By Charlie Bermant Peninsula Daily News
PORT TOWNSEND — Despite strong opposition from some community members, the Port Townsend School Board has voted unanimously to drop “Redskins” as the high school’s team name, logo and mascot after nearly 90 years.
School Superintendent David Engle said after the Monday night vote that the local community will be part of the process to choose a new name and mascot.
The school board will then retire Redskins with dignity over the next year.
“No one believes the Redskins name and symbol are intentionally hurtful or disrespectful toward Native Americans,” said school board member Ann Burkhart, who made the motion.
“But I fail to see how a symbol, even a revered symbol, that is generally acknowledged to be divisive can be helpful in preparing students for success in the increasingly connected and collaborative 21st century.”
The decision follows a year-long process where an eight-member study group gathered information about the impact of “Redskins” and recommended to the school board that the name “should be retired with honor and dignity… We need to accept that the culture has gone beyond us and that it is time to change.”
About 275 people attended the meeting in the high school auditorium, many routinely cheering speakers who opposed the name change and booing those who took an opposing view.
About 45 persons signed up to speak at the public comment portion of the meeting, with at least 30 arguing that the school board should keep Redskins. The name has been used by the high school since 1926.
Dan Lockhart, a 1973 graduate, never thought there was a problem with the high school’s use of Redskins, despite some who felt it was racially insensitive.
“It was never an issue,” he said. “It didn’t become an issue until about 20 years ago.”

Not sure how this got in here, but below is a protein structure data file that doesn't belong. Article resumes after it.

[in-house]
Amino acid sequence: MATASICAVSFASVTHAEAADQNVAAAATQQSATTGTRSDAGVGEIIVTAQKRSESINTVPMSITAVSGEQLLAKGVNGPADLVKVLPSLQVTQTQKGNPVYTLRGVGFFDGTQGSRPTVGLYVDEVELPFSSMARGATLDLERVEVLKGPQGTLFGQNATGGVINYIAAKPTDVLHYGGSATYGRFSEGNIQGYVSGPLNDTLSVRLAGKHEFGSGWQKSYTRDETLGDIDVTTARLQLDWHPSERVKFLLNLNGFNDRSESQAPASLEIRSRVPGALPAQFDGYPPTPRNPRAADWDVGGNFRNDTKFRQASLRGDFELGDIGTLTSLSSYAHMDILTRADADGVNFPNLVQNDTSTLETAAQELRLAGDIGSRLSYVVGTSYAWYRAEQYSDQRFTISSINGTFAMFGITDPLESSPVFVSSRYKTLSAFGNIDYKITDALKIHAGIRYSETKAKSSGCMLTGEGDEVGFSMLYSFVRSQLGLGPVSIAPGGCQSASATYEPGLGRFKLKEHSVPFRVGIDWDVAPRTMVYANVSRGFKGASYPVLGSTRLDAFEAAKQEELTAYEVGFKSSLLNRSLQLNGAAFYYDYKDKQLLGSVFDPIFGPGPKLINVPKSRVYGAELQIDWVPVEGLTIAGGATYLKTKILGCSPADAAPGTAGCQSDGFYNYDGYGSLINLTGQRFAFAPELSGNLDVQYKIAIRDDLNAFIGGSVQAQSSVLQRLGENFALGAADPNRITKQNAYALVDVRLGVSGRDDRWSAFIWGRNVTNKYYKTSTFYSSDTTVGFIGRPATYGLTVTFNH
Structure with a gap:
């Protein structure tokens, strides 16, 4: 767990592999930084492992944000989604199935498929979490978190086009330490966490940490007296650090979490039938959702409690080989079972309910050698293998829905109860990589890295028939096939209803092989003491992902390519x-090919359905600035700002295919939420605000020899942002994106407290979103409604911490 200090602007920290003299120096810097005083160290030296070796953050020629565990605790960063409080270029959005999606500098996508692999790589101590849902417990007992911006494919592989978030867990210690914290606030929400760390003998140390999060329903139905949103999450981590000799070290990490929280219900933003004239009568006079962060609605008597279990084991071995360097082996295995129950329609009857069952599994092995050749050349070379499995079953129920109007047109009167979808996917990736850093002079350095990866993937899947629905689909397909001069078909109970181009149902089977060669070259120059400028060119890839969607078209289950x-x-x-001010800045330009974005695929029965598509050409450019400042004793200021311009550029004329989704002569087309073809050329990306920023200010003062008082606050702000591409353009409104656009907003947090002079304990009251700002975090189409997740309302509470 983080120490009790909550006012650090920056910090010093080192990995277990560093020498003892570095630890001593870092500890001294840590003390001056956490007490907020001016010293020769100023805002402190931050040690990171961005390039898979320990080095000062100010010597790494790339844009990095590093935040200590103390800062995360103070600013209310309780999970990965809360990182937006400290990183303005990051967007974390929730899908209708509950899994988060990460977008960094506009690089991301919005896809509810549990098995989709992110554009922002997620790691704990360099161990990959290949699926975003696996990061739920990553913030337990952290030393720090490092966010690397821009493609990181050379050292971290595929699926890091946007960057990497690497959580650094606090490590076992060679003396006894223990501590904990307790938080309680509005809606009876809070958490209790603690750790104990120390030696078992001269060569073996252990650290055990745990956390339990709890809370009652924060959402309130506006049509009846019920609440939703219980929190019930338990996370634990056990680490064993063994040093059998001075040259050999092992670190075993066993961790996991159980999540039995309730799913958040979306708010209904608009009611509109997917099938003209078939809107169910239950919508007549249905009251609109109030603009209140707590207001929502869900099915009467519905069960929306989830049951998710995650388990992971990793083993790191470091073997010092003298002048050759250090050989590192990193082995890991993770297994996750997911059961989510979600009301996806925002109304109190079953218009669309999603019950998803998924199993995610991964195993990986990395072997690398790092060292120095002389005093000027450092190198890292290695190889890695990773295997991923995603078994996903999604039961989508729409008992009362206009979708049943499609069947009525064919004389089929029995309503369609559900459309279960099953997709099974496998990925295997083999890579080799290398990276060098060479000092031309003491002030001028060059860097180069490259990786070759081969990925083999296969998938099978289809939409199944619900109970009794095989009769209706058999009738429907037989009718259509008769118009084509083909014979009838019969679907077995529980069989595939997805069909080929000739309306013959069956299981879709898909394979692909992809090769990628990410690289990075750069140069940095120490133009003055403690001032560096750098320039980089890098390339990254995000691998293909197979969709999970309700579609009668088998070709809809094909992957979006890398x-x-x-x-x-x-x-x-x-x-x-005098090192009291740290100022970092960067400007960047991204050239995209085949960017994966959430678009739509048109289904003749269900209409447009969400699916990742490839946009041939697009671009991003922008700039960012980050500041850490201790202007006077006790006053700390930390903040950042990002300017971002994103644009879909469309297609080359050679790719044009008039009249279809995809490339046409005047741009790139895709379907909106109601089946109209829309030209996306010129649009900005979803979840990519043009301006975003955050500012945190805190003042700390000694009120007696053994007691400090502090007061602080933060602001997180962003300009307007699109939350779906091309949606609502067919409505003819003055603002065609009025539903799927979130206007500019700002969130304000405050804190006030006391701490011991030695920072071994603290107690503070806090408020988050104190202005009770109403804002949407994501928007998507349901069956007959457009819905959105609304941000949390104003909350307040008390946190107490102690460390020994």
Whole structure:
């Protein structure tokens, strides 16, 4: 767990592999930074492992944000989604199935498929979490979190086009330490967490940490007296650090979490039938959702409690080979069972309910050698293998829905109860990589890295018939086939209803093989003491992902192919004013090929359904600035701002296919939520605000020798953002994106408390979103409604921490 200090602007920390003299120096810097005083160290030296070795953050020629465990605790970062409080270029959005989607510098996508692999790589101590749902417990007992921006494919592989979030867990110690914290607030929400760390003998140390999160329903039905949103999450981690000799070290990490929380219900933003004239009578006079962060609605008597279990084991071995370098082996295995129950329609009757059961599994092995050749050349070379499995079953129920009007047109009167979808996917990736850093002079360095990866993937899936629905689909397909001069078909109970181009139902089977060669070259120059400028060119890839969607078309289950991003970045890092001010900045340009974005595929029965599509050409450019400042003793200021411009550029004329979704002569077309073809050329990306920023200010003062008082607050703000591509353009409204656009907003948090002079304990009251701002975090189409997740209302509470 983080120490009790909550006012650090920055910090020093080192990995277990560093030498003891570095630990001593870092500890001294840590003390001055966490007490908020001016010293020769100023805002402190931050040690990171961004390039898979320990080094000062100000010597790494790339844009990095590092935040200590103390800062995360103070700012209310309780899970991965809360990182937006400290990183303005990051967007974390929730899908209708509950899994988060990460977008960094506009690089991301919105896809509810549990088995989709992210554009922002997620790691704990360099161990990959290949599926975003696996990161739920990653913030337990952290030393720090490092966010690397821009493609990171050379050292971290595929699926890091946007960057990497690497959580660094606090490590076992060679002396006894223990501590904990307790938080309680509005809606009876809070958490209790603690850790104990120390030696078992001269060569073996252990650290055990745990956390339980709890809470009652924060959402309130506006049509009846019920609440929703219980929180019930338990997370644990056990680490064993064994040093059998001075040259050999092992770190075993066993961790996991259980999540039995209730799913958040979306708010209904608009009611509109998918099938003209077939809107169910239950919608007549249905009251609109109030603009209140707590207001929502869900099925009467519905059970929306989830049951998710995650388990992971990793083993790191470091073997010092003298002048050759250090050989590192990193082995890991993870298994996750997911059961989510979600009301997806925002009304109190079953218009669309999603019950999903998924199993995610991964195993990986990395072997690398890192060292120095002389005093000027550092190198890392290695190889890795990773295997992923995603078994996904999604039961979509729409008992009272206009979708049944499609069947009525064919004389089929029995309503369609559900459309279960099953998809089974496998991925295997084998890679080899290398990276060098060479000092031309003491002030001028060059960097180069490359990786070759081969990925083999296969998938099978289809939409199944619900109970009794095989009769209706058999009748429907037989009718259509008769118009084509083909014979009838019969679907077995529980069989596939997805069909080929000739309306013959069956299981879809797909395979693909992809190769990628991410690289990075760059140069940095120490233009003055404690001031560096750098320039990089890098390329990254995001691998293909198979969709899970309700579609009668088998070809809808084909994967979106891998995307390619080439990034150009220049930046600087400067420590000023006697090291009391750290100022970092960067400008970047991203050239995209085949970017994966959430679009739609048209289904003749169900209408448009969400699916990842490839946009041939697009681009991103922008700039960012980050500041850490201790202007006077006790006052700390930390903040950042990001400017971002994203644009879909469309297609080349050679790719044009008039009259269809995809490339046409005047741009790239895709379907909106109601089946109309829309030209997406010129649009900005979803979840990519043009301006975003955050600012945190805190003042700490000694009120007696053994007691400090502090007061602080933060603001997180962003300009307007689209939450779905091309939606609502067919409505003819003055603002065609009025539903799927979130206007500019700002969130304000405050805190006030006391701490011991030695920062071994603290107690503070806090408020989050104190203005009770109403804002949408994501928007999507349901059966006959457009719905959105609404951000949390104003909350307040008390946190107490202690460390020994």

Terri McQuillen, a Native American and also a Port Townsend High School graduate, said she never took offense.
“I didn’t, because I was raised to understand my responsibility is to take my name and make it proud,” she said.
Burkhart’s motion as unanimously approved by the six-member school board:
“Recognizing that the ‘Redskins’ name and logo has a long, cherished history with Port Townsend High School and its alumni, the school board also recognizes that it is a divisive issue for the school, community and region.
“I move that, in the next 12 months, the school board retire this name with honor and dignity, and a student- and community-based process to replace it be conducted.”
After the vote was taken, some members of the crowd were heard saying that all of the school board members would be voted out, and that future board meetings will be disrupted with Redskins’ cheers.
Controversy about the Redskins name has emerged periodically for several decades, with arguments on both sides — that it be replaced with something that is not racially charged or retained as a symbol of respect for Native Americans, a positive symbol with a long history at the school.
Among those opposing the name in the past has been Jamestown S’Klallam Tribal Chairman Ron Allen of Blyn. Port Townsend was part of Klallam tribe’s traditional territory
Those arguing in favor of keeping the name included one who spoke out Monday night at the board meeting — Terri McQuillen, daughter of late Makah tribal elder Mary McQuillen, who died in 2007 after spending much of her life in Port Townsend.
At Neah Bay, more than 120 miles west of Port Townsend and the town center of the Makah tribal reservation, the high school team is the “Red Devils.”
Engle, who has been school superintendent for only a year, stayed neutral in the discussion to change the name, ceding the decision to the school board and the community,